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Idaho Falls seeks to increase area of city impact by just 2 square miles

Idaho Falls favors growth by infill more than sprawl. The 45-acre Taylor Crossing near downtown was undeveloped land that now has a variety of office, retail and two hotels with future residential possible. Photo courtesy of city of Idaho Falls.

Idaho Falls favors growth by infill over sprawl. The 45-acre Taylor Crossing near downtown was undeveloped land that now has office and retail buildings and hotels.  Photo courtesy of the city of Idaho Falls.

A whole different school of thought applies to growth in Idaho Falls than in the sprawling Treasure Valley.

This is spelled out in the city of Idaho Falls’ first request since 2001 to increase its area of city impact. Idaho Falls proposes adding less than 2 square miles to its existing 36.45-square-mile area of city impact. The area of impact encircles the 23.97 square miles within the city limits. Kuna earlier this year boosted its impact area from 7.5 square miles to 78 square miles.

The area of city impact is land surrounding the established city limits that a city anticipates providing services to in the next 20-plus years. Areas of city impact are state-mandated agreements between cities and counties to enable cities to annex unincorporated land.

Areas of city impact in the Treasure Valley extend quite a bit beyond the city limits. The Meridian and Nampa impact areas generally extend about 2 miles out to the Ada/Canyon county line. In Idaho Falls, portions of the city limits touch the impact line on all four sides and the proposed expansions add strips less than a quarter mile wide to the south and west edges.

The largest proposed addition in Idaho Falls is 640 acres just outside the city’s northeast corner served by Yellowstone Highway and Iona Road.

“There have been a number of discussions with developers about building an industrial park here,” said Brad Cramer, the Idaho Falls community development director.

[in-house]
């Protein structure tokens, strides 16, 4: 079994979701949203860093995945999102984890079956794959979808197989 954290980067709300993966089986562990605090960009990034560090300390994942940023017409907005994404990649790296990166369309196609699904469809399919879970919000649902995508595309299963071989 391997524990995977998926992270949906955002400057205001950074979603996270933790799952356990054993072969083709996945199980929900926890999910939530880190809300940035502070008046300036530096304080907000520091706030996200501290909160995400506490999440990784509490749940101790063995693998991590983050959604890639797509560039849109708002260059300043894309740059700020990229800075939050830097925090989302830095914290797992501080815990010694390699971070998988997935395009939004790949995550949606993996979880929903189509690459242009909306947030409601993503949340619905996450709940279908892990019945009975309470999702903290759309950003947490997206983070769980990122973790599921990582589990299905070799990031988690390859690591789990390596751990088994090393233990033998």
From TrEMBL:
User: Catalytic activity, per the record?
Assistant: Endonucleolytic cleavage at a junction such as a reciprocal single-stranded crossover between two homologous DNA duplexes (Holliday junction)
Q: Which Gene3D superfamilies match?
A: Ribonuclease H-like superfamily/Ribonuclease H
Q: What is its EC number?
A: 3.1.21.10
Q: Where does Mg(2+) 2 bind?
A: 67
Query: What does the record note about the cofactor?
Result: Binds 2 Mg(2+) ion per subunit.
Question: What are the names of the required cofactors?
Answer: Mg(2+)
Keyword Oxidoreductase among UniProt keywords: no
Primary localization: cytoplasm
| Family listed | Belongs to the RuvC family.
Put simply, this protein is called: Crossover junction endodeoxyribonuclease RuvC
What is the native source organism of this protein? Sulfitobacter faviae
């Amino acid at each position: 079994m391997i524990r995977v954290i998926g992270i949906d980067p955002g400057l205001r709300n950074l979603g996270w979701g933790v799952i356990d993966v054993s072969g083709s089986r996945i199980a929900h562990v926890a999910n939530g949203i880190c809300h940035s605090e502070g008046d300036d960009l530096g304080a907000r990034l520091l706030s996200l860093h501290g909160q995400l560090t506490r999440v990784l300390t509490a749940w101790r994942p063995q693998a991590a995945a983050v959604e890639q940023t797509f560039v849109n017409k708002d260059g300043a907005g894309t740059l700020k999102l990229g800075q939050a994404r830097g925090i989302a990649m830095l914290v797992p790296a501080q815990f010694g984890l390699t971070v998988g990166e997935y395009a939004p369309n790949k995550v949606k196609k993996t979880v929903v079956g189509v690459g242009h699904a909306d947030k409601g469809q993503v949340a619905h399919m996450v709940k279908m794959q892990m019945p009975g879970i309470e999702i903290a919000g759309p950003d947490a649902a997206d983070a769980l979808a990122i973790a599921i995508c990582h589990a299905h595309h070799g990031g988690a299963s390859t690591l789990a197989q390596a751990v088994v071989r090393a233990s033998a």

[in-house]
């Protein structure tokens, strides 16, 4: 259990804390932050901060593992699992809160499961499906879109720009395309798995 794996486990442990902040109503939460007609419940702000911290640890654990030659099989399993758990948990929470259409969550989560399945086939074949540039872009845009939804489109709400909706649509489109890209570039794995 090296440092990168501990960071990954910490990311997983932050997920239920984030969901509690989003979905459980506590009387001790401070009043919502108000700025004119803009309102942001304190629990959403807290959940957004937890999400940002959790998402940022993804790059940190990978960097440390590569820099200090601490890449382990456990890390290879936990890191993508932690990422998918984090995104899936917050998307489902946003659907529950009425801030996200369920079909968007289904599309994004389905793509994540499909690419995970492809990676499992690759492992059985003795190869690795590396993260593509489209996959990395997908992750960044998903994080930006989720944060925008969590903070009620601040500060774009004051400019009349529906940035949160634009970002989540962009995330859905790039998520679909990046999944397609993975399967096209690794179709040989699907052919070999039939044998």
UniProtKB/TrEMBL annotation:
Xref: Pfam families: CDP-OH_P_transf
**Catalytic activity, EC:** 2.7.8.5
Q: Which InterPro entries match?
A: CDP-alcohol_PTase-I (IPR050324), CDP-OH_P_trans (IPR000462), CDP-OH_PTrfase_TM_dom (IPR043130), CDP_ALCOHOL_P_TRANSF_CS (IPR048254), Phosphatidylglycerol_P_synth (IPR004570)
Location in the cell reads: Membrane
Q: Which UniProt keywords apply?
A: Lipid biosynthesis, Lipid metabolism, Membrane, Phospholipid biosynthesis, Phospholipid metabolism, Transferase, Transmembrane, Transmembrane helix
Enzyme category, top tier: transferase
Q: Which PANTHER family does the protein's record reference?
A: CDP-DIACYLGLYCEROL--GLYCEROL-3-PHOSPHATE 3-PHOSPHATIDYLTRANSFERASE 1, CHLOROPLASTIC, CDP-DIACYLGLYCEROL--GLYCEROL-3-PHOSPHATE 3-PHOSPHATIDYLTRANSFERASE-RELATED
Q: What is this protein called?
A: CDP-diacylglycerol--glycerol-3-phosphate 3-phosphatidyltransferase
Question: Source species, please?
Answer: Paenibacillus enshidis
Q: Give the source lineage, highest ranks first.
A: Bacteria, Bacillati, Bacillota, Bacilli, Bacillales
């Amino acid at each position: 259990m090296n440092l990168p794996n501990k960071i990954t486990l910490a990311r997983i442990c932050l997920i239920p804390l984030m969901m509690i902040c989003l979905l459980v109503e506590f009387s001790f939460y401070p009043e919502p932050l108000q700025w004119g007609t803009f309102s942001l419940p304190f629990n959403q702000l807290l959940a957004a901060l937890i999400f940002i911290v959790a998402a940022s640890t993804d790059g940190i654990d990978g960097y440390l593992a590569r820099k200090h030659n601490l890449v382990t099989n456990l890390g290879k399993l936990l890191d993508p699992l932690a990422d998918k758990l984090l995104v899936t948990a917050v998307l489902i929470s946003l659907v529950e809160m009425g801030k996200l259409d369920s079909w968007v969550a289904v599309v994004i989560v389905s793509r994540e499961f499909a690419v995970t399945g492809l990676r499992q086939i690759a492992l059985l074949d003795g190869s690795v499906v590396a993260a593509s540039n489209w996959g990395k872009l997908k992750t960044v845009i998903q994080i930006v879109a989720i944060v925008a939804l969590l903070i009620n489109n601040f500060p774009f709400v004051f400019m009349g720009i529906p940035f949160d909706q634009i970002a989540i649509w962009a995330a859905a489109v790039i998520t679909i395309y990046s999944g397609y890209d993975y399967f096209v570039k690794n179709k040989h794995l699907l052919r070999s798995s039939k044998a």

The proposal would increase the area of city impact to 38.32 square miles.

Overall, though, Idaho Falls seeks growth through infill rather than outward sprawl. Cramer noted the city and surrounding unincorporated areas have 7,100 acres of undeveloped lands.

“We already have 28 years’ worth of undeveloped land within our area of impact,” Cramer said. “We try to encourage growth close to the city’s core.”

The existing signature infill projects in Idaho Falls are the adjoining Taylor Crossing and Snake River Landing mixed-use developments, which include Class A office buildings, commercial space, two hotels, a planned events center and housing on a converted former gravel pit. Taylor Crossing and Snake River Landing are just across the river and south of the historic downtown.

The  Planning and Zoning commissions of Idaho Falls and Bonneville County will have a joint public hearing August 16 to consider the renegotiated boundary of the area of city impact. The two commissions have discussed adjusting the city impact lines since March 2016. Cramer anticipates final approval of new boundaries by the end of the year.

“As we’ve met together every month over the course of this project, I think both sides have come away with a much better understanding of each side’s goals, concerns, and processes,” Cramer said. “The relationship is definitely stronger than when we first started.”

Even though the area of city impact is all about lines on a map, Cramer said this first impact area negotiating session in 16 years was more important for fostering relations between the city and county than the impact lines.

“As for this go-around, the lines don’t matter much,” Cramer said.

About Teya Vitu

Teya Vitu is an Idaho Business Review reporter, covering commercial real estate, construction, transportation and whatever else may intrigue him in the moment. Join me on Twitter at @IBR_TeyaVitu.